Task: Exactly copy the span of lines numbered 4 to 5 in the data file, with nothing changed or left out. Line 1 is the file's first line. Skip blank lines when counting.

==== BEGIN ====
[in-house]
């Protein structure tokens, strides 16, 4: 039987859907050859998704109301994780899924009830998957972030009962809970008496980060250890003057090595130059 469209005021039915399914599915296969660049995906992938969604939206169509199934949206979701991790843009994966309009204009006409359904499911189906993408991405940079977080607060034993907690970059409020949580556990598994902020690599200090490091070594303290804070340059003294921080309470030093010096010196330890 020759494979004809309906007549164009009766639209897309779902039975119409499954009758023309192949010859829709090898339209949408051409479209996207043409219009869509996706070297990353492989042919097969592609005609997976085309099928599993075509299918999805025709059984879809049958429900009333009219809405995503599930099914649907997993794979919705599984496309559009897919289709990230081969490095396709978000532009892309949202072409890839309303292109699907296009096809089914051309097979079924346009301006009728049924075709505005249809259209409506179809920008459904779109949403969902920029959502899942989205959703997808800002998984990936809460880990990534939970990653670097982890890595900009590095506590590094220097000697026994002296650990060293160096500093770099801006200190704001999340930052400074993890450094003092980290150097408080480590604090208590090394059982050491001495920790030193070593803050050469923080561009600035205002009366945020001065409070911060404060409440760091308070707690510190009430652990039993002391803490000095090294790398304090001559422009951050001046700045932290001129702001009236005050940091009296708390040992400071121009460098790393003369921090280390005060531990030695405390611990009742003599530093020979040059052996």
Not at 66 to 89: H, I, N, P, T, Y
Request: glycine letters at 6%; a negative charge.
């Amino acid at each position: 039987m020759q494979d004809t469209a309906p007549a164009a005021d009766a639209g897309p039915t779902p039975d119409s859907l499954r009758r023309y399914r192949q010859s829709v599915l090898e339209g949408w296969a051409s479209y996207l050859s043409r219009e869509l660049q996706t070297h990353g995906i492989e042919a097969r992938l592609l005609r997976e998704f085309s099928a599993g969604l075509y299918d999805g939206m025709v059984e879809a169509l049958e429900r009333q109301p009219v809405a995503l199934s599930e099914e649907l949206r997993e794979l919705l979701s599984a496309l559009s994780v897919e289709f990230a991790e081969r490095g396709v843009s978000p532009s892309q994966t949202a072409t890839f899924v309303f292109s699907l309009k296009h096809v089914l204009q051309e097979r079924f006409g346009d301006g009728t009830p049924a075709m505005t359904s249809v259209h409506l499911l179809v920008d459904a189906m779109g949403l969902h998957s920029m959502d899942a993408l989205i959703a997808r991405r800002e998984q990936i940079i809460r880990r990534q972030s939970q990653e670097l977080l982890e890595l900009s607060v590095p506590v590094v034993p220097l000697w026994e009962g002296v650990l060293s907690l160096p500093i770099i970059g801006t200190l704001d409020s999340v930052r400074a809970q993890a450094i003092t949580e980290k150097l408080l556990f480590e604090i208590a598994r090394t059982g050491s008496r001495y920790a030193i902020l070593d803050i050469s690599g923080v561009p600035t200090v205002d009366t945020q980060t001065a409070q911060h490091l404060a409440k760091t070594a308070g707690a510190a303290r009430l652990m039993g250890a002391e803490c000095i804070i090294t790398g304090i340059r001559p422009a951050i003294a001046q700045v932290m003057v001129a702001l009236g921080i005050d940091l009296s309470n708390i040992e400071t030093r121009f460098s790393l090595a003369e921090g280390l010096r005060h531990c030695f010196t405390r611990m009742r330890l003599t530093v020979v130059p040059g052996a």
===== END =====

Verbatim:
Request: glycine letters at 6%; a negative charge.
């Amino acid at each position: 039987m020759q494979d004809t469209a309906p007549a164009a005021d009766a639209g897309p039915t779902p039975d119409s859907l499954r009758r023309y399914r192949q010859s829709v599915l090898e339209g949408w296969a051409s479209y996207l050859s043409r219009e869509l660049q996706t070297h990353g995906i492989e042919a097969r992938l592609l005609r997976e998704f085309s099928a599993g969604l075509y299918d999805g939206m025709v059984e879809a169509l049958e429900r009333q109301p009219v809405a995503l199934s599930e099914e649907l949206r997993e794979l919705l979701s599984a496309l559009s994780v897919e289709f990230a991790e081969r490095g396709v843009s978000p532009s892309q994966t949202a072409t890839f899924v309303f292109s699907l309009k296009h096809v089914l204009q051309e097979r079924f006409g346009d301006g009728t009830p049924a075709m505005t359904s249809v259209h409506l499911l179809v920008d459904a189906m779109g949403l969902h998957s920029m959502d899942a993408l989205i959703a997808r991405r800002e998984q990936i940079i809460r880990r990534q972030s939970q990653e670097l977080l982890e890595l900009s607060v590095p506590v590094v034993p220097l000697w026994e009962g002296v650990l060293s907690l160096p500093i770099i970059g801006t200190l704001d409020s999340v930052r400074a809970q993890a450094i003092t949580e980290k150097l408080l556990f480590e604090i208590a598994r090394t059982g050491s008496r001495y920790a030193i902020l070593d803050i050469s690599g923080v561009p600035t200090v205002d009366t945020q980060t001065a409070q911060h490091l404060a409440k760091t070594a308070g707690a510190a303290r009430l652990m039993g250890a002391e803490c000095i804070i090294t790398g304090i340059r001559p422009a951050i003294a001046q700045v932290m003057v001129a702001l009236g921080i005050d940091l009296s309470n708390i040992e400071t030093r121009f460098s790393l090595a003369e921090g280390l010096r005060h531990c030695f010196t405390r611990m009742r330890l003599t530093v020979v130059p040059g052996a």